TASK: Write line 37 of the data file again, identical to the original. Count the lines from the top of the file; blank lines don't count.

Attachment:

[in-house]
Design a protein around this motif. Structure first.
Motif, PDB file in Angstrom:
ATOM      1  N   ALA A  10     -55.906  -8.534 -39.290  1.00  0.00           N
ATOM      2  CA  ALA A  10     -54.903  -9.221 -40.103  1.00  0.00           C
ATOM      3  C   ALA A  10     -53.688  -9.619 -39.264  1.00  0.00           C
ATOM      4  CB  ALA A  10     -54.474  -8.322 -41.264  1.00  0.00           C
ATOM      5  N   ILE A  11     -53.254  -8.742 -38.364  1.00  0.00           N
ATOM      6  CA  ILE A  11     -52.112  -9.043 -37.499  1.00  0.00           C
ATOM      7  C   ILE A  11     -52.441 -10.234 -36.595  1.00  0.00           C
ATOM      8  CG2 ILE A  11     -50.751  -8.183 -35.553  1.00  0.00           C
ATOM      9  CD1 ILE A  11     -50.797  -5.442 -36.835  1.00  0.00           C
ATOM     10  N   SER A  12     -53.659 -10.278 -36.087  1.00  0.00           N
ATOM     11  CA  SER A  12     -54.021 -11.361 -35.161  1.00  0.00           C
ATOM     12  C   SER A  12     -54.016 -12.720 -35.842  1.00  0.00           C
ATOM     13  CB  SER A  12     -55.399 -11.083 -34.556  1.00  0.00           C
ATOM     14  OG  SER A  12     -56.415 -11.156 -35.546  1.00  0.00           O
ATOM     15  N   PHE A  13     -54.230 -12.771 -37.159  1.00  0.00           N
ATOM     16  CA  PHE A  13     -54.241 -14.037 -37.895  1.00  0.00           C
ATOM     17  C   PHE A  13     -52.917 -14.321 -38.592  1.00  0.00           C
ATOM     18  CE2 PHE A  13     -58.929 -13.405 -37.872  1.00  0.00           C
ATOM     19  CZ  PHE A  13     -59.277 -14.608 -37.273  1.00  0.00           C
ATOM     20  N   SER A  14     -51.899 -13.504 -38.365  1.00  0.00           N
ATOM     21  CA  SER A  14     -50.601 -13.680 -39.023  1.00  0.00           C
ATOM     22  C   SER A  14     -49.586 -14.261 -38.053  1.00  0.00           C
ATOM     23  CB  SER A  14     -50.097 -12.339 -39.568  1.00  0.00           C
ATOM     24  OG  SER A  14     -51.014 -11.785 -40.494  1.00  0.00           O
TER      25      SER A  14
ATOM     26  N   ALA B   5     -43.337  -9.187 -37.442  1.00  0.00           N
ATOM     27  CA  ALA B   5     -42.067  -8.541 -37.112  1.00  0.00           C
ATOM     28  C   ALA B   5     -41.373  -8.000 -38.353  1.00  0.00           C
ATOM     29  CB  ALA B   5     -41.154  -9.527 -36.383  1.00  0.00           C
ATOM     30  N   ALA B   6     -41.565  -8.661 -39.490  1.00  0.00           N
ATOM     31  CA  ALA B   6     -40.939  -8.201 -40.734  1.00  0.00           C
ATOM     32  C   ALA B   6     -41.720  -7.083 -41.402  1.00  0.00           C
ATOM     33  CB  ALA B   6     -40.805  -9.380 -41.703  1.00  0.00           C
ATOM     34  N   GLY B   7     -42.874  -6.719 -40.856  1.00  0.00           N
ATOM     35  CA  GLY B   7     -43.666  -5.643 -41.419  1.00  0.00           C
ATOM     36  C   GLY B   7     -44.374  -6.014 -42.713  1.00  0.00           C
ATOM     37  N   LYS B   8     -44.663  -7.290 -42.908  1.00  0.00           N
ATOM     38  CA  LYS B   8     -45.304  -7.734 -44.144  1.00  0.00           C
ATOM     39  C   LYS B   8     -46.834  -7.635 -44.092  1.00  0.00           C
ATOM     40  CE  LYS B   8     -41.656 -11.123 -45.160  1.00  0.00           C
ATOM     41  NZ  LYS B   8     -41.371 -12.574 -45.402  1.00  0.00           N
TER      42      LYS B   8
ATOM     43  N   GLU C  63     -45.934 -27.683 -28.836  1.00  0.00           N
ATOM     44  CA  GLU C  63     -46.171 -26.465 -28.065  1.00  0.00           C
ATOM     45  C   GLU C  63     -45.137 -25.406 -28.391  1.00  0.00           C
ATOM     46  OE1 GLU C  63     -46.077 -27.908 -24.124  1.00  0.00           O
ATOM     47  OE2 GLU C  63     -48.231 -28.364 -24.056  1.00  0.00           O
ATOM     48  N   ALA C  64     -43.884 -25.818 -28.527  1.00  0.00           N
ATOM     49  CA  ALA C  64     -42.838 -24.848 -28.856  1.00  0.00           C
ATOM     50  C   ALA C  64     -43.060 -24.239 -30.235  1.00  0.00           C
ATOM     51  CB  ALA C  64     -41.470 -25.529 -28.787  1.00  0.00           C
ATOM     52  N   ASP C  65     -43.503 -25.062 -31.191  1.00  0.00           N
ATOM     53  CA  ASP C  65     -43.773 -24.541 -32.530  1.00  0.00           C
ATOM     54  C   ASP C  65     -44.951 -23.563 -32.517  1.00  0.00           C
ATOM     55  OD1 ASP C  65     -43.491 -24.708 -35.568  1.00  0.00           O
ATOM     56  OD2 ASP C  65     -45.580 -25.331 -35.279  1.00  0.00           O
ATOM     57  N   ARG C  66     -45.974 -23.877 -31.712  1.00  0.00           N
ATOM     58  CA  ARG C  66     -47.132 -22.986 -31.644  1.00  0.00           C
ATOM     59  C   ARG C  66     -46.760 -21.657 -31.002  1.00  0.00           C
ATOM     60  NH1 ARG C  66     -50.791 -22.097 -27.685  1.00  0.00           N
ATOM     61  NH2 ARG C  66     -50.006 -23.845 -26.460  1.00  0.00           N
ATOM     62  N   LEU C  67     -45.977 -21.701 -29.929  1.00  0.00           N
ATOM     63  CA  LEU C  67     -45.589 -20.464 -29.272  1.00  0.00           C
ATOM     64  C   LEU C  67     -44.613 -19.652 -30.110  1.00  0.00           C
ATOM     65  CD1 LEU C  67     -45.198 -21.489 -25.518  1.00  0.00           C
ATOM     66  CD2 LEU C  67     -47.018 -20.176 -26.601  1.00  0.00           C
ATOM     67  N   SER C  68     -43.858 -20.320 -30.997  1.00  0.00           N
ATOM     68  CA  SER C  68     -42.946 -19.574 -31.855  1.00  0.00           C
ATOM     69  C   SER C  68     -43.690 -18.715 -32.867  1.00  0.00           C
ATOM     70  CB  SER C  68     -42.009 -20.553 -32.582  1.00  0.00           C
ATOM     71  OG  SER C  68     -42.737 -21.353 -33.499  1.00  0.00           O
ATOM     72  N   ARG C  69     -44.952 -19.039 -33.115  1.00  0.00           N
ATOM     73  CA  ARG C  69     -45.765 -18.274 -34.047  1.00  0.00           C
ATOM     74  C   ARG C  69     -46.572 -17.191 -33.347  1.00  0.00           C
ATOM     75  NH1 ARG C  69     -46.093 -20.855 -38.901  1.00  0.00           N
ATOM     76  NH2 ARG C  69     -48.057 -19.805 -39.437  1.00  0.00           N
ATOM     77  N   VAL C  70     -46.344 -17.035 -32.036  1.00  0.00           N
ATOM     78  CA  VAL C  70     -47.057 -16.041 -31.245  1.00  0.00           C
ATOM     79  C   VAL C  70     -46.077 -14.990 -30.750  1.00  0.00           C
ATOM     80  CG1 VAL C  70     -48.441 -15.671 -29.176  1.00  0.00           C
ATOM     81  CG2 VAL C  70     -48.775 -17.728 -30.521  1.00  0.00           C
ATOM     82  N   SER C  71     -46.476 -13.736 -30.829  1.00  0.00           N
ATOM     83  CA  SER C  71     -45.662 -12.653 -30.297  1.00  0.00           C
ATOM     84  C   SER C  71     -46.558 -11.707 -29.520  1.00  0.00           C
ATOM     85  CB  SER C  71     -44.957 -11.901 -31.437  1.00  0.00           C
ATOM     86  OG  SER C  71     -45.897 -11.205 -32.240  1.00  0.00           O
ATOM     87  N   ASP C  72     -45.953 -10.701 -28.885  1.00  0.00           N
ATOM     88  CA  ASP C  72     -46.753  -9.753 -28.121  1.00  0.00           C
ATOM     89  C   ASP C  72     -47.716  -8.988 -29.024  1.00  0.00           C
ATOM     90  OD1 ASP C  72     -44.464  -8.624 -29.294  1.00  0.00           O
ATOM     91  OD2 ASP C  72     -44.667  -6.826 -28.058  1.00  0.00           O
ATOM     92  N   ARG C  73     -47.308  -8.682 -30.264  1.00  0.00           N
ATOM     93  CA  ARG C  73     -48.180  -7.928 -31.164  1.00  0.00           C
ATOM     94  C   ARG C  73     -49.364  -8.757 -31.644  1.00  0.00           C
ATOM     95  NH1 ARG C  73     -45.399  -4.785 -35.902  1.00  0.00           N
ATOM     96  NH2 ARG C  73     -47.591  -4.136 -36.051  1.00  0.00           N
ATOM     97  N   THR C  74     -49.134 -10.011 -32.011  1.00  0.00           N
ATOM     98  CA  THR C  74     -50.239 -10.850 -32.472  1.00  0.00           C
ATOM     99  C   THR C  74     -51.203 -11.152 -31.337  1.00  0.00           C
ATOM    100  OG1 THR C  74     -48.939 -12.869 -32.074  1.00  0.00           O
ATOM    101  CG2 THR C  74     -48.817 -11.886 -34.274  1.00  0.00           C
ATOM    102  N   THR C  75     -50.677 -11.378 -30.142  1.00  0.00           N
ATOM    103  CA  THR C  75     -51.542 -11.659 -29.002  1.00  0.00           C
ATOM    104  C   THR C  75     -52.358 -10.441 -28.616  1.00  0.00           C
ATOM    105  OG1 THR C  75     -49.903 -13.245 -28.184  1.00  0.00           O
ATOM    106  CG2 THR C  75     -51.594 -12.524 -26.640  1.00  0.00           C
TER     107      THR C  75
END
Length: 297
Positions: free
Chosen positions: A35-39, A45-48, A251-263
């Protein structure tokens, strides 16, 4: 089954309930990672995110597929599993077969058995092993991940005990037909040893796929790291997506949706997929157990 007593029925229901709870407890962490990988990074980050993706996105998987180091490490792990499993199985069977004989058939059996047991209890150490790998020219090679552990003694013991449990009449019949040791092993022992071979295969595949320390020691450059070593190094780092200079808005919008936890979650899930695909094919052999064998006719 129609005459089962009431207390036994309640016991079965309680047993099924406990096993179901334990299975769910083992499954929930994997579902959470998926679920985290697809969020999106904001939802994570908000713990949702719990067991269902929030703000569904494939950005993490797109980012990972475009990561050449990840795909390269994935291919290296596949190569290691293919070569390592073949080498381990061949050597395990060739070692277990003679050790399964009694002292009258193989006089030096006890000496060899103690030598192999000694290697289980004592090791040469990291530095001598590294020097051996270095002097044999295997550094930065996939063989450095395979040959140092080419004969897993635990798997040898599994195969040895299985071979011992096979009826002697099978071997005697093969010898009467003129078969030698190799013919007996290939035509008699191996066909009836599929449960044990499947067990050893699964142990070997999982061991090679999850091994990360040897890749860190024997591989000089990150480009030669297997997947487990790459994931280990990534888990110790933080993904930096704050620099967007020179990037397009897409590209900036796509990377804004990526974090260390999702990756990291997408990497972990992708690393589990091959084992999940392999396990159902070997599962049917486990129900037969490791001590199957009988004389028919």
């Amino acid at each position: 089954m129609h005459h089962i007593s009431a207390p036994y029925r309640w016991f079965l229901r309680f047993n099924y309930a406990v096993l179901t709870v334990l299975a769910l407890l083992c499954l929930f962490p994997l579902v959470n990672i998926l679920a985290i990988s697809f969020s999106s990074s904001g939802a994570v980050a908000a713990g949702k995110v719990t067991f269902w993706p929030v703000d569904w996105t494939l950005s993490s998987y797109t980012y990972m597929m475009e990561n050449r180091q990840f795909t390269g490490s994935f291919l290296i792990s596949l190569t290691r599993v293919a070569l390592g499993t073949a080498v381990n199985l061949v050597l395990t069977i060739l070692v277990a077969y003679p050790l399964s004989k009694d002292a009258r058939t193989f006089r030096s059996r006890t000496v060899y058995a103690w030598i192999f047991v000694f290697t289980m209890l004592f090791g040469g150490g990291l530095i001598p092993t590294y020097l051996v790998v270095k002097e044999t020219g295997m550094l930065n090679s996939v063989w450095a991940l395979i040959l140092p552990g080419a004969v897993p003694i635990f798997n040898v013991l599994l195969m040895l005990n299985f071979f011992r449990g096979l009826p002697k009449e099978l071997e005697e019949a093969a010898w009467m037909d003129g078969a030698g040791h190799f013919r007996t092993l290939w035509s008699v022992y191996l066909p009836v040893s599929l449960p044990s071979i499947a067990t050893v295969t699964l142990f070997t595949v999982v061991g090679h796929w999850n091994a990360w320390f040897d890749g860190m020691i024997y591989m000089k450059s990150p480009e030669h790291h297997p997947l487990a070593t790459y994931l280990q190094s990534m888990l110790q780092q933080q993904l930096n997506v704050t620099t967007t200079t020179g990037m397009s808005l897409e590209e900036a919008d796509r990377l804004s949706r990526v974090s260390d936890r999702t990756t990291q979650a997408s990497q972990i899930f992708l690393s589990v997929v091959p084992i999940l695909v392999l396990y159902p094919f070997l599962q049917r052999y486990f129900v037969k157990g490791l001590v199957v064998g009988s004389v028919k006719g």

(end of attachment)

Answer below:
ATOM     34  N   GLY B   7     -42.874  -6.719 -40.856  1.00  0.00           N